This spring, the 2012-2013 cycle of participatory budgeting in the US came to a close with the conclusion of public voting in Chicago, San Francisco, New York, and Vallejo (CA). Overall, 20,000 people voted to allocate over $16.7 million for 91 community projects that were developed by residents. Working with dozens of partners in these cities, we nearly tripled the scale of PB in the US, building on the $6.6 million allocated by 7,300 voters last year.
The first city-wide PB process in the US took place in Vallejo, California, where 4,000 citizens and non-citizens voted to allocate over $3.2 million to 12 projects. With both infrastructure and programs eligible for funding, winners included college counselors & scholarships, small business grants, street lighting & repairs, and a cost-saving spay & neuter clinic. Thanks to months of targeted outreach and publicity, funded by the City of Vallejo and the Davenport Institute, voters in Vallejo turned out at a higher rate than in any other jurisdiction using PB in North America. Although PB was initially approved in a tight 4-3 vote, on May 28th the City Council voted 6-1 to accept the results of the public vote.
In New York, residents of eight participating City Council districts voted on 122 projects proposed and developed by community members. Over 13,000 people cast ballots to allocate $9.4 million for 45 winning projects. Funded projects included pedestrian safety improvements at dangerous intersections, new playgrounds and park facilities, dozens of laptops for eight schools, and a solar-powered greenhouse atop a public housing development. It was especially inspiring to see residents of the Rockaways voting in PB after the process in their district was suspended for three months by Superstorm Sandy. In an exciting development, Council Member Melissa Mark-Viverito funded $1.9 million in projects, nearly doubling the $1 million minimum.
Through an abbreviated pilot PB process, residents of San Francisco’s District 3 decided how to allocate $100,000 of Supervisor David Chiu’s discretionary funds. Nearly 500 people voted, and historically underrepresented communities participated in disproportionately high numbers. The 8 winning projects included one-time back rent and homelessness prevention grants for up to 25 households, a public awareness campaign to educate seniors about consumer scams, and 500 new Chinese language books for the North Beach and Chinatown branch libraries.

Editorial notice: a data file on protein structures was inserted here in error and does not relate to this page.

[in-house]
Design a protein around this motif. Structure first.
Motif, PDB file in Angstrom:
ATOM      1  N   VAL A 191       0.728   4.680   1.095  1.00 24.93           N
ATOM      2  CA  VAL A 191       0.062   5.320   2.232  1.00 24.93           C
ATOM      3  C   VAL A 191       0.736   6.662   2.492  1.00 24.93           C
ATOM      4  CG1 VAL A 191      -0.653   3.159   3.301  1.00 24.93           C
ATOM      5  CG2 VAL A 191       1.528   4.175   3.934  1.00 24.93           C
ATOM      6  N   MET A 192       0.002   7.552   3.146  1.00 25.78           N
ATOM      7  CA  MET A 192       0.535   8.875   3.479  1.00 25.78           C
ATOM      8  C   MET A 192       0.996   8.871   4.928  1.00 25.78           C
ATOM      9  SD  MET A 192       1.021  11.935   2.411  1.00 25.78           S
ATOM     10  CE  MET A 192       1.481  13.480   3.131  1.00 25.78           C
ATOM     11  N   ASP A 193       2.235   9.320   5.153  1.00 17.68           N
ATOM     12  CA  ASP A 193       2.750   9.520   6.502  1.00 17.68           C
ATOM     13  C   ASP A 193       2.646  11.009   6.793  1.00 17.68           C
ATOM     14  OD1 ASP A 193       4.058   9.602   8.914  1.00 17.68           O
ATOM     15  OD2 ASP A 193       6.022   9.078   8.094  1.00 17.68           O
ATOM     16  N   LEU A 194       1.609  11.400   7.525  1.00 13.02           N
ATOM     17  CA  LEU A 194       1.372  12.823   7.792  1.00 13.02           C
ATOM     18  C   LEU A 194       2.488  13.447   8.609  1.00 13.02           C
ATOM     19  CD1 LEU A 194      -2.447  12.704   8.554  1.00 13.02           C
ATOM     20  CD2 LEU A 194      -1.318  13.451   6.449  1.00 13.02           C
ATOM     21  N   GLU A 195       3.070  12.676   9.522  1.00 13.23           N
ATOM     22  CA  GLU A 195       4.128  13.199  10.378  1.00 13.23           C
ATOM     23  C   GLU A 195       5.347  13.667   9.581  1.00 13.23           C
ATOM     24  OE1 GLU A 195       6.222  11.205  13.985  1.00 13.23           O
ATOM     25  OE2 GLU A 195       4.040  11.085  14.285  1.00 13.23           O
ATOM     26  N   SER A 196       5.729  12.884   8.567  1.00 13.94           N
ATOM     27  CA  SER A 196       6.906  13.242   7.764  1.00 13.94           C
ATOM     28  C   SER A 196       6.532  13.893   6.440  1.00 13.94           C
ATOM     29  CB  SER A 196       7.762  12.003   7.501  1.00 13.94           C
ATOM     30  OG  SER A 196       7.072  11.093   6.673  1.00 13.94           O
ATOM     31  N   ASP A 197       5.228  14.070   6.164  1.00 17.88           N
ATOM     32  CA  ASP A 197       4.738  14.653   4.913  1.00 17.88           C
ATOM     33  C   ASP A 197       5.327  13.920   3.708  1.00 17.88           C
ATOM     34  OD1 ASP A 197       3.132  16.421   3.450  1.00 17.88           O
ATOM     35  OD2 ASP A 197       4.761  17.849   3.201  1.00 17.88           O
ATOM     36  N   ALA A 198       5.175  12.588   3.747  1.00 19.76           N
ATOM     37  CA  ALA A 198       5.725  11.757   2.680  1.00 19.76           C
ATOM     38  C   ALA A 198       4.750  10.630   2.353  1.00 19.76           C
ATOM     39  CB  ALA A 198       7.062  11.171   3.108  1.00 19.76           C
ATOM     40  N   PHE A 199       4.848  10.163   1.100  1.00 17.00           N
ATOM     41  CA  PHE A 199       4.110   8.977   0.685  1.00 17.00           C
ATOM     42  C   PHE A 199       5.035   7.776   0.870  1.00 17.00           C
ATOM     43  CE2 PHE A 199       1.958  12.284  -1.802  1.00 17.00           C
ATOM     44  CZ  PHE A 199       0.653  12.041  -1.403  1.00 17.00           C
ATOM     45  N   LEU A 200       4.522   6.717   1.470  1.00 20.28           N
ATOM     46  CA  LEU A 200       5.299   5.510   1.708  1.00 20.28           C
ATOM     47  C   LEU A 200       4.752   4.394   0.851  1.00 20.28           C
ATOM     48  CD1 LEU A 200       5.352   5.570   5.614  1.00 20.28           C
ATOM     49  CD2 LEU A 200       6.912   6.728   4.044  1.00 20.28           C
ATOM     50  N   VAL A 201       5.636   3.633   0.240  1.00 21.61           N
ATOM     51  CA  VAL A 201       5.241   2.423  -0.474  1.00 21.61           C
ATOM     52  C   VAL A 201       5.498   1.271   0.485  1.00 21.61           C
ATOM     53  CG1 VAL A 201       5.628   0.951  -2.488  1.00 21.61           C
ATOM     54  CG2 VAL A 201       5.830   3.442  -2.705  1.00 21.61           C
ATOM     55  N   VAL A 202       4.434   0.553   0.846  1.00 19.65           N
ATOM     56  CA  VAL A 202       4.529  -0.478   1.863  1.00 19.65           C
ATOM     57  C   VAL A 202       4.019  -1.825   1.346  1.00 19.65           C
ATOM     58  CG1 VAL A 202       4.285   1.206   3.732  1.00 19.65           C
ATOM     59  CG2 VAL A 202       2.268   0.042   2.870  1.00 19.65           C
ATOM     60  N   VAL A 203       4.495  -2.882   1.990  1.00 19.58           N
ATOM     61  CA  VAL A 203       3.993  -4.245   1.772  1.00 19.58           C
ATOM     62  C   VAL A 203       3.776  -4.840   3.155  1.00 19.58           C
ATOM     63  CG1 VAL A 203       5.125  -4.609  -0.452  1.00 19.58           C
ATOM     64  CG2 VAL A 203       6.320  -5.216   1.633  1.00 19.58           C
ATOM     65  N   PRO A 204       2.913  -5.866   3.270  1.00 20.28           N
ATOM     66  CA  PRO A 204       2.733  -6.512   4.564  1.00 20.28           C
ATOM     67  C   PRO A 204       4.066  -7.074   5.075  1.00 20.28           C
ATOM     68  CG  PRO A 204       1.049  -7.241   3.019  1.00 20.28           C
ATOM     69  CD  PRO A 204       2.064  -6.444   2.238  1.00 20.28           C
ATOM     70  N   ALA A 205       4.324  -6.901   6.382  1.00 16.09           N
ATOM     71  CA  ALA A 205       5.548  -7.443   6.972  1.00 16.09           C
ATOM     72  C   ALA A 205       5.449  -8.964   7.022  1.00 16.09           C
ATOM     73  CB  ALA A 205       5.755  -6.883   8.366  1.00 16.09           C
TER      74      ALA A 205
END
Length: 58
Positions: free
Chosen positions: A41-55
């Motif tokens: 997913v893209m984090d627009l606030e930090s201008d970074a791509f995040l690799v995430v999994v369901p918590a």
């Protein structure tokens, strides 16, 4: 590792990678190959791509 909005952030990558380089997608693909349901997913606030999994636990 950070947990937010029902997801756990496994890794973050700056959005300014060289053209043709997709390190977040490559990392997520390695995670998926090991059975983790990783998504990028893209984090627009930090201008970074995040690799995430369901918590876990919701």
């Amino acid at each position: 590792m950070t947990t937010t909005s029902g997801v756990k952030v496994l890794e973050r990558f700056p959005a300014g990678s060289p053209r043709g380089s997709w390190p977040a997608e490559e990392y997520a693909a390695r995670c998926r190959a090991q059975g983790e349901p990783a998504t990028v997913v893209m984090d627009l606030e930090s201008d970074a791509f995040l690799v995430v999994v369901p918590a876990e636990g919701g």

In Chicago, where PBP and the Great Cities Institute coordinated an expanded PB process across four wards, over 2,500 people voted to allocate $4 million for 26 projects. Winning projects included community gardens, a new elementary school sports field, bike lanes, and street lighting.
At the start of the International PB Conference in May, Chicago Alderman Rick Muñoz announced that he will join the next cycle of PB Chicago. In New York, at least two new City Council Members will join PBNYC. These PB processes have inspired similar initiatives in Buffalo, Hamilton (Ontario), and Halifax (Nova Scotia). Elsewhere, Boston Mayor Thomas Menino has announced plans to launch a $1 million youth PB process, and Carmen Yulin, Mayor of San Juan, Puerto Rico, is preparing to launch PB in her city.
We’re currently in conversation with community groups and officials in over a dozen other cities, so stay tuned for more news about millions of tax dollars to be decided by the people, for the people.